CREATE USER test_schema IDENTIFIED BY "testing"
PROFILE DEFAULT
DEFAULT TABLESPACE users
QUOTA UNLIMITED ON users
ACCOUNT UNLOCK;
GRANT CONNECT,DBA TO test_schema;
CREATE OR REPLACE DIRECTORY test_dp_folder AS '/u69/oraldata/testdpump';
GRANT READ,WRITE ON DIRECTORY test_dp_folder TO test_schema;

Next create tables.

--- Time periods
CREATE TABLE time_periods
AS
SELECT
time_date
, EXTRACT(YEAR FROM time_date) AS time_year
, EXTRACT(MONTH FROM time_date) AS time_month
, EXTRACT(DAY FROM time_date) AS time_day
, TO_NUMBER(TO_CHAR(time_date,'d')) AS time_day_of_week
FROM (
SELECT TRUNC(SYSDATE,'YEAR')+(LEVEL - 1) AS time_date
FROM DUAL
CONNECT BY ROWNUM BETWEEN 1 AND ADD_MONTHS(TRUNC(SYSDATE,'YEAR'),36)-TRUNC(SYSDATE,'YEAR')
);
ALTER TABLE time_periods ADD (CONSTRAINT pk_time_periods PRIMARY KEY(time_date));
--- Customer table
CREATE TABLE customers
AS
SELECT
LEVEL AS customer_id
, 'Test customer #'||TO_CHAR(LEVEL,'000000000') AS customer_name
FROM DUAL
CONNECT BY ROWNUM BETWEEN 1 AND 100;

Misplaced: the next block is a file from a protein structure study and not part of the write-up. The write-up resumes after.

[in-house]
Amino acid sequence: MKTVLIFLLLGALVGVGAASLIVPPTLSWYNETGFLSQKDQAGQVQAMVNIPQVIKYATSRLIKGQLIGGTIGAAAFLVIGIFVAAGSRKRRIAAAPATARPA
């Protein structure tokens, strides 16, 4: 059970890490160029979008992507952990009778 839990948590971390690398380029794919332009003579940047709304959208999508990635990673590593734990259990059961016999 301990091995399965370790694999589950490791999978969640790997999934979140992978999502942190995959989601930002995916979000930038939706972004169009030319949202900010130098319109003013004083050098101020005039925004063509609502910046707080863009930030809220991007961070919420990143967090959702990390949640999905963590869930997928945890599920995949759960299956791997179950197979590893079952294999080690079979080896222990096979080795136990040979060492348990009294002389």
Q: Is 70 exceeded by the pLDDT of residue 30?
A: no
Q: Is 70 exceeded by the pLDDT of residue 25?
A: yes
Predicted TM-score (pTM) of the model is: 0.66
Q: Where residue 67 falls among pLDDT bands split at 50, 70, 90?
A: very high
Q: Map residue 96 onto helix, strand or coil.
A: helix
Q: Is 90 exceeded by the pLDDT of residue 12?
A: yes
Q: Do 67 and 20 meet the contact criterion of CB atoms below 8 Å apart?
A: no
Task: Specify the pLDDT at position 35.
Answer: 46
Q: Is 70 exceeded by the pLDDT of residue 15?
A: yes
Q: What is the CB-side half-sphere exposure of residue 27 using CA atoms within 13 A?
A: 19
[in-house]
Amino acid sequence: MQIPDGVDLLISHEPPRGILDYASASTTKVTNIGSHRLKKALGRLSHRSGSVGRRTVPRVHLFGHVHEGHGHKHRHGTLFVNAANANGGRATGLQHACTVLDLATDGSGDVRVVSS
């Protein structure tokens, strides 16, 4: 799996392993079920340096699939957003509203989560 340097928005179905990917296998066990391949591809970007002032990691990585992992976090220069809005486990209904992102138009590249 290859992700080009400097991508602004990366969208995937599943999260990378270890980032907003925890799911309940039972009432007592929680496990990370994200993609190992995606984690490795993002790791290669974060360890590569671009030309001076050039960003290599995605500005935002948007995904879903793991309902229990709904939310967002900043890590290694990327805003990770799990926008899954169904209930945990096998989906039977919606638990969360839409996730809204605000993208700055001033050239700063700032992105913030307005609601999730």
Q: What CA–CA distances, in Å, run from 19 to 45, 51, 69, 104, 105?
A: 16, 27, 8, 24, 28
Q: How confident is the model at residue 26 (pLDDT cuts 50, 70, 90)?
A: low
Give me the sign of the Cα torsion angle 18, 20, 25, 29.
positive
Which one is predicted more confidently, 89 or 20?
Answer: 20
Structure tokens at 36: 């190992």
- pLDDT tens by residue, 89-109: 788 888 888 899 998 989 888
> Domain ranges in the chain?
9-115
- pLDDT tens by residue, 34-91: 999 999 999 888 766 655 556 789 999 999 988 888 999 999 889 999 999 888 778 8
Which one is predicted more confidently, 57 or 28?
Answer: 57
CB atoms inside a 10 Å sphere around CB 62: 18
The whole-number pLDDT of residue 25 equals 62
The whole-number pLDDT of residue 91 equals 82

ALTER TABLE customers ADD (CONSTRAINT pk_customers PRIMARY KEY(customer_id));
--- Purchase order table
--- A sequence
CREATE SEQUENCE seq_pk_purchase_orders;
SELECT seq_pk_purchase_orders.NEXTVAL FROM dual;
--- Table with foreign keys
CREATE TABLE purchase_orders
( po_id NUMBER
, po_date DATE
, po_cust NUMBER
, po_tag VARCHAR2(64)
, po_tot_items NUMBER
, po_tot_value NUMBER
, CONSTRAINT pk_purchase_orders PRIMARY KEY(po_id)
, CONSTRAINT fk_po_date FOREIGN KEY(po_date) REFERENCES time_periods(time_date)
, CONSTRAINT fk_po_cust FOREIGN KEY(po_cust) REFERENCES customers(customer_id)
);
--- A trigger that modifies the PO tag
CREATE OR REPLACE TRIGGER tr_po_tag
BEFORE INSERT ON purchase_orders FOR EACH ROW
BEGIN
:new.po_tag := CASE WHEN :new.po_tag IS NULL THEN 'SGPO' ELSE 'CUST '||:new.po_tag END;
END;
/

The SQL is used to insert test data into the purchase orders table

INSERT /*+ APPEND */ INTO purchase_orders
SELECT
seq_pk_purchase_orders.NEXTVAL
, TRUNC(TRUNC(SYSDATE,'YEAR')+DBMS_RANDOM.value(0,(SELECT COUNT(time_date) FROM time_periods)))
, TRUNC(DBMS_RANDOM.value(1,(SELECT COUNT(customer_id) FROM customers)))
, CASE MOD(r1,69) WHEN 0 THEN NULL ELSE DBMS_RANDOM.string('A',12) END
, CEIL(r2)
, CEIL(r2*123456)/100
FROM (
SELECT LEVEL AS r1, ABS(DBMS_RANDOM.normal) AS r2
FROM DUAL
CONNECT BY ROWNUM BETWEEN 1 AND 123
) v1
;
COMMIT;